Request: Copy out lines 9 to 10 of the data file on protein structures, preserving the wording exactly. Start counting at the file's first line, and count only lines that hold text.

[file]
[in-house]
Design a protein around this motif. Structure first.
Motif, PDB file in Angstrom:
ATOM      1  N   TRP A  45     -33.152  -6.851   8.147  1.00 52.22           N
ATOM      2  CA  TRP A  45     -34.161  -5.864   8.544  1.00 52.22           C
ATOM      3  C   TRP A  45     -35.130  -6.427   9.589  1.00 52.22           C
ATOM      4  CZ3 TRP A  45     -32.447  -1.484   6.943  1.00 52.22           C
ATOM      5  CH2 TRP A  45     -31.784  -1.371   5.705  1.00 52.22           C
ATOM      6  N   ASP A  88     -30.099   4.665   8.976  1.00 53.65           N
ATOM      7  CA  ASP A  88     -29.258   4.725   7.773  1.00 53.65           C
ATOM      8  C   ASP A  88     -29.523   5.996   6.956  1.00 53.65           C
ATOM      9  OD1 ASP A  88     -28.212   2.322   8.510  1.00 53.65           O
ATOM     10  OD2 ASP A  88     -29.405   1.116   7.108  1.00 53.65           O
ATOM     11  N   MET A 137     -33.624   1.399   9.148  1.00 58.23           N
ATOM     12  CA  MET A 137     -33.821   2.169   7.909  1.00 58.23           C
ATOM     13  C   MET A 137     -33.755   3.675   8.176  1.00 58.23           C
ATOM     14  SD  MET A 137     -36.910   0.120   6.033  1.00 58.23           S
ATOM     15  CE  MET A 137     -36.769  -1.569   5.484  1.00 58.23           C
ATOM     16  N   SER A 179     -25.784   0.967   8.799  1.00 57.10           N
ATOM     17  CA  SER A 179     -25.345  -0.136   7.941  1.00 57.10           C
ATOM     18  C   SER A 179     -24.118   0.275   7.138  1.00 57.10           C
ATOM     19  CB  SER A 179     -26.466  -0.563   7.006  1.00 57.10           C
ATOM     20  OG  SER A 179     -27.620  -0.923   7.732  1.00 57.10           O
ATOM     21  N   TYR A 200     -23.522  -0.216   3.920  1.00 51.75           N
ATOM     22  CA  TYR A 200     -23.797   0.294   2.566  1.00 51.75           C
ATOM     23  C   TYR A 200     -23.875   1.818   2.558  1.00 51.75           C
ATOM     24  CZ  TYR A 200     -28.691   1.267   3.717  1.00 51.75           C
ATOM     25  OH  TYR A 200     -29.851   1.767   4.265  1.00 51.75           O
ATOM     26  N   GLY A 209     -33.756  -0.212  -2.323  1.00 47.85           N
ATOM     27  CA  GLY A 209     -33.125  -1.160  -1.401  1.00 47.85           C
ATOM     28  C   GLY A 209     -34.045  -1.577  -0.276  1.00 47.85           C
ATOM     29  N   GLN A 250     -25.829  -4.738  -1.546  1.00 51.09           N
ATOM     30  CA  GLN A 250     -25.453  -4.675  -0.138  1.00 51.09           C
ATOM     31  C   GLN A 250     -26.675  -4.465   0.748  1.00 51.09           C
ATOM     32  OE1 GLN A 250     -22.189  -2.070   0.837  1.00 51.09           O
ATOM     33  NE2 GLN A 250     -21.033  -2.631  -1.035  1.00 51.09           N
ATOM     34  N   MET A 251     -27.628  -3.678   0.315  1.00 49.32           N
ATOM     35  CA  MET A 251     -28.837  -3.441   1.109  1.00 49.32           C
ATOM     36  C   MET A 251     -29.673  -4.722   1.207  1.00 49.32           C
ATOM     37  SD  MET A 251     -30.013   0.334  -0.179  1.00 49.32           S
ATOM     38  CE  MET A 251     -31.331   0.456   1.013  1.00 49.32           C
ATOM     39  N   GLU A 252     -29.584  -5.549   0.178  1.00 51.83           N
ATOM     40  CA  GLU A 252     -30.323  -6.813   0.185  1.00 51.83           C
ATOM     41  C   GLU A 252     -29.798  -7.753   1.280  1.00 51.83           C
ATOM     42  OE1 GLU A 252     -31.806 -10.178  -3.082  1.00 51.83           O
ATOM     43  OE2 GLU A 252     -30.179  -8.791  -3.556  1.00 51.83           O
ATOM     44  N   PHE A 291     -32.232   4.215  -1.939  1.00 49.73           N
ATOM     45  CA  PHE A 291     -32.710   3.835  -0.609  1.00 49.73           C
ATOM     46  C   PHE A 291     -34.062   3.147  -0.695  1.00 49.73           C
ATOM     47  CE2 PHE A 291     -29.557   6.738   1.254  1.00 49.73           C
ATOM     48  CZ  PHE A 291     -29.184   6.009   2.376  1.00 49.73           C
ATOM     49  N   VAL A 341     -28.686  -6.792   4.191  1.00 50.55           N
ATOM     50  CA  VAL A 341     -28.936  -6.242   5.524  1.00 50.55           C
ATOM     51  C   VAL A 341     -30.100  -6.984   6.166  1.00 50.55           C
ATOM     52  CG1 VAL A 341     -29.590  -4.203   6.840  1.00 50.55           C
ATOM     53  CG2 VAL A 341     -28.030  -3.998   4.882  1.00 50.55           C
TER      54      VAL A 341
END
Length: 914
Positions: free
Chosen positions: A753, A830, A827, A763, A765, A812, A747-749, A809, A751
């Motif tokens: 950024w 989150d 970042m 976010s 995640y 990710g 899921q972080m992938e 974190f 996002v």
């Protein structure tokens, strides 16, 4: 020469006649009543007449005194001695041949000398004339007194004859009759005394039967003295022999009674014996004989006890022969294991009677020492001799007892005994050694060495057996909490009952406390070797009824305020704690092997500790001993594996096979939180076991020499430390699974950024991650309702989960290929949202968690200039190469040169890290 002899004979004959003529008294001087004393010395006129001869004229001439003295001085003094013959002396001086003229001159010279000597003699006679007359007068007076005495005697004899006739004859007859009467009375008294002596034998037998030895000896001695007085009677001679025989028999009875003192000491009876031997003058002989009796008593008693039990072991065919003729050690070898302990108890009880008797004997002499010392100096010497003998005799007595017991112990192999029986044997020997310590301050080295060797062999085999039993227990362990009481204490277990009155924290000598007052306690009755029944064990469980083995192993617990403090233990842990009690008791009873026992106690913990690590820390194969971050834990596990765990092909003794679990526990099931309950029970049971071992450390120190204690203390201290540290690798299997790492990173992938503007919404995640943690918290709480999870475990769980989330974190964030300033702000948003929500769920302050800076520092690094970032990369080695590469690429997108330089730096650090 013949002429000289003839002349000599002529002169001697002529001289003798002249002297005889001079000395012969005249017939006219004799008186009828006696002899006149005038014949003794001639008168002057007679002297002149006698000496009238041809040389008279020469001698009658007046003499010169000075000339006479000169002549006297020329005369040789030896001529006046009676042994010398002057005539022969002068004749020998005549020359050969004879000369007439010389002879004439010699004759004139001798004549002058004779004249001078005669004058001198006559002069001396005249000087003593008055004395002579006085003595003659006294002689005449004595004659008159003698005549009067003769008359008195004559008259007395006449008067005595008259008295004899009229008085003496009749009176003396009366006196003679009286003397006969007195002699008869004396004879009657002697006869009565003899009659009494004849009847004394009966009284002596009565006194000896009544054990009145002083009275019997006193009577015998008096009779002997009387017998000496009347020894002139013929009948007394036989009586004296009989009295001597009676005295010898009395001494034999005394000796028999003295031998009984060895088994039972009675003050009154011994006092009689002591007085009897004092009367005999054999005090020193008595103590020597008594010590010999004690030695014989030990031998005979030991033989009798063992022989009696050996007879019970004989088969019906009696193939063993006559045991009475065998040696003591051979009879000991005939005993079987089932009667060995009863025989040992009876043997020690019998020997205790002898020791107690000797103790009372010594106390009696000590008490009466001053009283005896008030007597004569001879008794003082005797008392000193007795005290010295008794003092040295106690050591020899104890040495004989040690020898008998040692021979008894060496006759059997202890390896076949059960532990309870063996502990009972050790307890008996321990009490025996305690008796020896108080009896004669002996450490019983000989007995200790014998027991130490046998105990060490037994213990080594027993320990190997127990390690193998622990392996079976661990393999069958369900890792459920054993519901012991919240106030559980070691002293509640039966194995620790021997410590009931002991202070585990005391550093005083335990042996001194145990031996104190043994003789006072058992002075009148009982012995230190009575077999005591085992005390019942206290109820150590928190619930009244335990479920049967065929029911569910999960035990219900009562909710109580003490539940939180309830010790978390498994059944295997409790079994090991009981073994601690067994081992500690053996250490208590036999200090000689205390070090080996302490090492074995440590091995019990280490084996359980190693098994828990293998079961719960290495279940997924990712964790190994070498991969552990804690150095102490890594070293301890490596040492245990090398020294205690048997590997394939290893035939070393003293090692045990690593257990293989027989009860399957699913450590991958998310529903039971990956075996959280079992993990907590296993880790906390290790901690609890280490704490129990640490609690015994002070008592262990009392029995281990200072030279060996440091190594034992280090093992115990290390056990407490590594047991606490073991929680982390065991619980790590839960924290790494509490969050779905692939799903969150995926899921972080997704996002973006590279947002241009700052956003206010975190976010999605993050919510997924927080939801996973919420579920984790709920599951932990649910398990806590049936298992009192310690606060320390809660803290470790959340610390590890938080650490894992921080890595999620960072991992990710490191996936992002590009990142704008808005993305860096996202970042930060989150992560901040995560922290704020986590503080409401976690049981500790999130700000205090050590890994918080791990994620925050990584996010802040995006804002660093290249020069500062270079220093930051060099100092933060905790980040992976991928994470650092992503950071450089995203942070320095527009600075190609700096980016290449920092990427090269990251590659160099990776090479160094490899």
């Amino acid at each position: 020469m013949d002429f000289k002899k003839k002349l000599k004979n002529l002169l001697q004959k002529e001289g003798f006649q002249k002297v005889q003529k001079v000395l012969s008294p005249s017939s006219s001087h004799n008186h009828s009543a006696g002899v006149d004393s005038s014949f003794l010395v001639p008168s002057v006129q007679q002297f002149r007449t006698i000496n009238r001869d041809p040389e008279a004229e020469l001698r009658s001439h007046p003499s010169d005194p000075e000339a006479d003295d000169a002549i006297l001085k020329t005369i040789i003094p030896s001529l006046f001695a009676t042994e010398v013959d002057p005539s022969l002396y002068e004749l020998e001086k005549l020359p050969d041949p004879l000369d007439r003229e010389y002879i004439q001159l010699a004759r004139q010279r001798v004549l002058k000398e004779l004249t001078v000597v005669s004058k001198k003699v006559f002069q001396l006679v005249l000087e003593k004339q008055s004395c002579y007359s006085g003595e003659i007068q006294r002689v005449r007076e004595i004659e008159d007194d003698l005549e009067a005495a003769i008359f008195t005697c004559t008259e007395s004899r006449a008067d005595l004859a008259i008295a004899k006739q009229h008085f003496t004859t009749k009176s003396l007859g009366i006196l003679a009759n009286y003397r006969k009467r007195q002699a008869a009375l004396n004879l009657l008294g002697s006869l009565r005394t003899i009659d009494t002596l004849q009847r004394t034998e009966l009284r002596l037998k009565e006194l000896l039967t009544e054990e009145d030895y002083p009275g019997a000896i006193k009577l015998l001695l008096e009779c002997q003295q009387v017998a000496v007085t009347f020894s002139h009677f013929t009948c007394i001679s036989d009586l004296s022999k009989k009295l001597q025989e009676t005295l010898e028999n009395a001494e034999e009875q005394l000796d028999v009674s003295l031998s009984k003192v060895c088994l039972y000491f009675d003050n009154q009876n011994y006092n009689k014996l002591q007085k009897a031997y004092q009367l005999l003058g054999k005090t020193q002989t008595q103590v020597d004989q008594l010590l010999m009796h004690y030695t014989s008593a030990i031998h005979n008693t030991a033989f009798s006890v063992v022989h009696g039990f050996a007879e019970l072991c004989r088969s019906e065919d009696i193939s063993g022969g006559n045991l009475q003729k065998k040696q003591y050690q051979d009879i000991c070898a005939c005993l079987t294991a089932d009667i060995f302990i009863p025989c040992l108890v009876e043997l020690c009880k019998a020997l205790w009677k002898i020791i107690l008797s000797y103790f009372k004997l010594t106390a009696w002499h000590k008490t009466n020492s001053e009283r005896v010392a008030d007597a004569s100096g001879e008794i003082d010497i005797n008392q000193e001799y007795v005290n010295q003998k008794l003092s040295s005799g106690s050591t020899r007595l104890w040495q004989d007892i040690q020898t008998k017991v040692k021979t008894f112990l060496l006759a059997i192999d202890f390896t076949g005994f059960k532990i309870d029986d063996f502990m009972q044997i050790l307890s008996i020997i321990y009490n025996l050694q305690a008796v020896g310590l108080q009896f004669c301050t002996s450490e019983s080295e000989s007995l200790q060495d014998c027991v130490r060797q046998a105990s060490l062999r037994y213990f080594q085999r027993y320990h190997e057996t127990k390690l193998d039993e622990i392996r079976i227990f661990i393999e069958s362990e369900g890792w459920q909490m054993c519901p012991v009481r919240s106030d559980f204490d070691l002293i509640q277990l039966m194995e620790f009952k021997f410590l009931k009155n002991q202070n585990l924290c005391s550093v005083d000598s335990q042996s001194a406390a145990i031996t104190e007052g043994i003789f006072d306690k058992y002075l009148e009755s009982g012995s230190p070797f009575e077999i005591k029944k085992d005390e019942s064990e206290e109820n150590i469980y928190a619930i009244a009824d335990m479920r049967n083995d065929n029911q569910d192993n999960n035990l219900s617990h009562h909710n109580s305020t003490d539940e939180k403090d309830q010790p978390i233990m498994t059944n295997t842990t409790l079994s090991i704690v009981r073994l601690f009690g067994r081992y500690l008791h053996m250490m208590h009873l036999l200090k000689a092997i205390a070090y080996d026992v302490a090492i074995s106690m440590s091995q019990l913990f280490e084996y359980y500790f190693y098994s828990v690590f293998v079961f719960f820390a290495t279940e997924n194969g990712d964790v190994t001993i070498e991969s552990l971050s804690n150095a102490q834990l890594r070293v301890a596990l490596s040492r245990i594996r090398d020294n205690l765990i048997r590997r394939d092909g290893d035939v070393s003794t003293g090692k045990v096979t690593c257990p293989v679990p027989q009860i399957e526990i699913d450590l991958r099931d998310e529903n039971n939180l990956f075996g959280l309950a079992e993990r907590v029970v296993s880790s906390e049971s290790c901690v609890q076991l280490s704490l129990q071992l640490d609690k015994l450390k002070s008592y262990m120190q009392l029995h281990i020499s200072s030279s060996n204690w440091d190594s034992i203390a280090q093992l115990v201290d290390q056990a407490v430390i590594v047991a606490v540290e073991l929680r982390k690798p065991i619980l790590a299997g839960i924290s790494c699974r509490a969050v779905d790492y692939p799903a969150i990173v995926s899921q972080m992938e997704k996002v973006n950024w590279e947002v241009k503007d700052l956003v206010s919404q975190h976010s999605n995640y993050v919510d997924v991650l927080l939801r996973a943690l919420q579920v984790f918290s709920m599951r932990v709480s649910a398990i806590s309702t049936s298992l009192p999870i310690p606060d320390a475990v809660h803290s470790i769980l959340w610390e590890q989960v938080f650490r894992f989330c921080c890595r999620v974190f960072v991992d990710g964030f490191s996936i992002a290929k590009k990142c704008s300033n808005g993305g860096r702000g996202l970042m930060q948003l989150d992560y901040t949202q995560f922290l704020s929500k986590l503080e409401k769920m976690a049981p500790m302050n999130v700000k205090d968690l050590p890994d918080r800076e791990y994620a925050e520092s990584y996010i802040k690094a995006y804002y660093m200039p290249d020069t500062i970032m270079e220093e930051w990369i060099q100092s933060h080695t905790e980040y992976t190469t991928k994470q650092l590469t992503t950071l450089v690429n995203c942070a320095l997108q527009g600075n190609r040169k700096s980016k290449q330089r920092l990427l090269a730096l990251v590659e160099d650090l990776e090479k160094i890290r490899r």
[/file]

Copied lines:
ATOM      6  N   ASP A  88     -30.099   4.665   8.976  1.00 53.65           N
ATOM      7  CA  ASP A  88     -29.258   4.725   7.773  1.00 53.65           C